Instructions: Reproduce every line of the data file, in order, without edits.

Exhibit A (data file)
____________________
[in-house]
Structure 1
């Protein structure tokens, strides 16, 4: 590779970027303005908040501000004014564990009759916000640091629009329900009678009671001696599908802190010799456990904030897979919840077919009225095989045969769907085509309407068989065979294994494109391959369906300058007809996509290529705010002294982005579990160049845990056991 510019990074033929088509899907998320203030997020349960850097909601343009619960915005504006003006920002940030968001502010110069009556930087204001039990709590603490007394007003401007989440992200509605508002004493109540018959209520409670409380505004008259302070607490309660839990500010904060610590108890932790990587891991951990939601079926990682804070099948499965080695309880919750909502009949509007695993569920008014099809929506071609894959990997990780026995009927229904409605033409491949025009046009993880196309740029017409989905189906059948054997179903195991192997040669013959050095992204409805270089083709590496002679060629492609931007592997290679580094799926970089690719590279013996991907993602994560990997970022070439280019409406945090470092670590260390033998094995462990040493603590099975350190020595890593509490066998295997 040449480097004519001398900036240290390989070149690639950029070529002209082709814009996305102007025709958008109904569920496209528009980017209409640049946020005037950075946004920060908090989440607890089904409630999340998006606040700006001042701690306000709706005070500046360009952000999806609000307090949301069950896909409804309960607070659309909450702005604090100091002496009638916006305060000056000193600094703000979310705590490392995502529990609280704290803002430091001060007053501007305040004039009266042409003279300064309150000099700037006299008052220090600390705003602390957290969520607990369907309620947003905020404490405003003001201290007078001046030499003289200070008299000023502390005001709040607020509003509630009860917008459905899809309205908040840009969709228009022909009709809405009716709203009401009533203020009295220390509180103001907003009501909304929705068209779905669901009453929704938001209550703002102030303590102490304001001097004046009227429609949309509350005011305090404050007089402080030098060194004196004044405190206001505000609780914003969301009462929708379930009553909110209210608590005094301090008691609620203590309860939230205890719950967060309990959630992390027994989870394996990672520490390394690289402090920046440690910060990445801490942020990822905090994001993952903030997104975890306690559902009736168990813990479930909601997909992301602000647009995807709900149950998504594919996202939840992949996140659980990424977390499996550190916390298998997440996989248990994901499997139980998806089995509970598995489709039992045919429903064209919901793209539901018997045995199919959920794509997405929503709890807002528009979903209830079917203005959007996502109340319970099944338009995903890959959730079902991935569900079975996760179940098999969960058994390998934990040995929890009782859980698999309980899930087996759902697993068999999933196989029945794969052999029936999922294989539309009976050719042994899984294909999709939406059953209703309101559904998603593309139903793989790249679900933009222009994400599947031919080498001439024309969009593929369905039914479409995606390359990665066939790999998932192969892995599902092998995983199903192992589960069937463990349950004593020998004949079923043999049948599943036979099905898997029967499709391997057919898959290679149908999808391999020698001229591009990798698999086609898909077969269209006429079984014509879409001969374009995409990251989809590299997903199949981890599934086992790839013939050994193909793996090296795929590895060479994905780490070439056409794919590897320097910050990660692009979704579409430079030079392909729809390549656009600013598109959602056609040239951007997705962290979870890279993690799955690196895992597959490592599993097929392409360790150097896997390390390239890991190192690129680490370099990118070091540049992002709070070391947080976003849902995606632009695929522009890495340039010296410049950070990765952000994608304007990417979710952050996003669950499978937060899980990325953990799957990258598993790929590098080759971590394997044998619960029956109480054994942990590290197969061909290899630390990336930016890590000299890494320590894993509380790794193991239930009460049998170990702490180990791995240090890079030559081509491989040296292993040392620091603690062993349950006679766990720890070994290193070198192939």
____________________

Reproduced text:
[in-house]
Structure 1
């Protein structure tokens, strides 16, 4: 590779970027303005908040501000004014564990009759916000640091629009329900009678009671001696599908802190010799456990904030897979919840077919009225095989045969769907085509309407068989065979294994494109391959369906300058007809996509290529705010002294982005579990160049845990056991 510019990074033929088509899907998320203030997020349960850097909601343009619960915005504006003006920002940030968001502010110069009556930087204001039990709590603490007394007003401007989440992200509605508002004493109540018959209520409670409380505004008259302070607490309660839990500010904060610590108890932790990587891991951990939601079926990682804070099948499965080695309880919750909502009949509007695993569920008014099809929506071609894959990997990780026995009927229904409605033409491949025009046009993880196309740029017409989905189906059948054997179903195991192997040669013959050095992204409805270089083709590496002679060629492609931007592997290679580094799926970089690719590279013996991907993602994560990997970022070439280019409406945090470092670590260390033998094995462990040493603590099975350190020595890593509490066998295997 040449480097004519001398900036240290390989070149690639950029070529002209082709814009996305102007025709958008109904569920496209528009980017209409640049946020005037950075946004920060908090989440607890089904409630999340998006606040700006001042701690306000709706005070500046360009952000999806609000307090949301069950896909409804309960607070659309909450702005604090100091002496009638916006305060000056000193600094703000979310705590490392995502529990609280704290803002430091001060007053501007305040004039009266042409003279300064309150000099700037006299008052220090600390705003602390957290969520607990369907309620947003905020404490405003003001201290007078001046030499003289200070008299000023502390005001709040607020509003509630009860917008459905899809309205908040840009969709228009022909009709809405009716709203009401009533203020009295220390509180103001907003009501909304929705068209779905669901009453929704938001209550703002102030303590102490304001001097004046009227429609949309509350005011305090404050007089402080030098060194004196004044405190206001505000609780914003969301009462929708379930009553909110209210608590005094301090008691609620203590309860939230205890719950967060309990959630992390027994989870394996990672520490390394690289402090920046440690910060990445801490942020990822905090994001993952903030997104975890306690559902009736168990813990479930909601997909992301602000647009995807709900149950998504594919996202939840992949996140659980990424977390499996550190916390298998997440996989248990994901499997139980998806089995509970598995489709039992045919429903064209919901793209539901018997045995199919959920794509997405929503709890807002528009979903209830079917203005959007996502109340319970099944338009995903890959959730079902991935569900079975996760179940098999969960058994390998934990040995929890009782859980698999309980899930087996759902697993068999999933196989029945794969052999029936999922294989539309009976050719042994899984294909999709939406059953209703309101559904998603593309139903793989790249679900933009222009994400599947031919080498001439024309969009593929369905039914479409995606390359990665066939790999998932192969892995599902092998995983199903192992589960069937463990349950004593020998004949079923043999049948599943036979099905898997029967499709391997057919898959290679149908999808391999020698001229591009990798698999086609898909077969269209006429079984014509879409001969374009995409990251989809590299997903199949981890599934086992790839013939050994193909793996090296795929590895060479994905780490070439056409794919590897320097910050990660692009979704579409430079030079392909729809390549656009600013598109959602056609040239951007997705962290979870890279993690799955690196895992597959490592599993097929392409360790150097896997390390390239890991190192690129680490370099990118070091540049992002709070070391947080976003849902995606632009695929522009890495340039010296410049950070990765952000994608304007990417979710952050996003669950499978937060899980990325953990799957990258598993790929590098080759971590394997044998619960029956109480054994942990590290197969061909290899630390990336930016890590000299890494320590894993509380790794193991239930009460049998170990702490180990791995240090890079030559081509491989040296292993040392620091603690062993349950006679766990720890070994290193070198192939």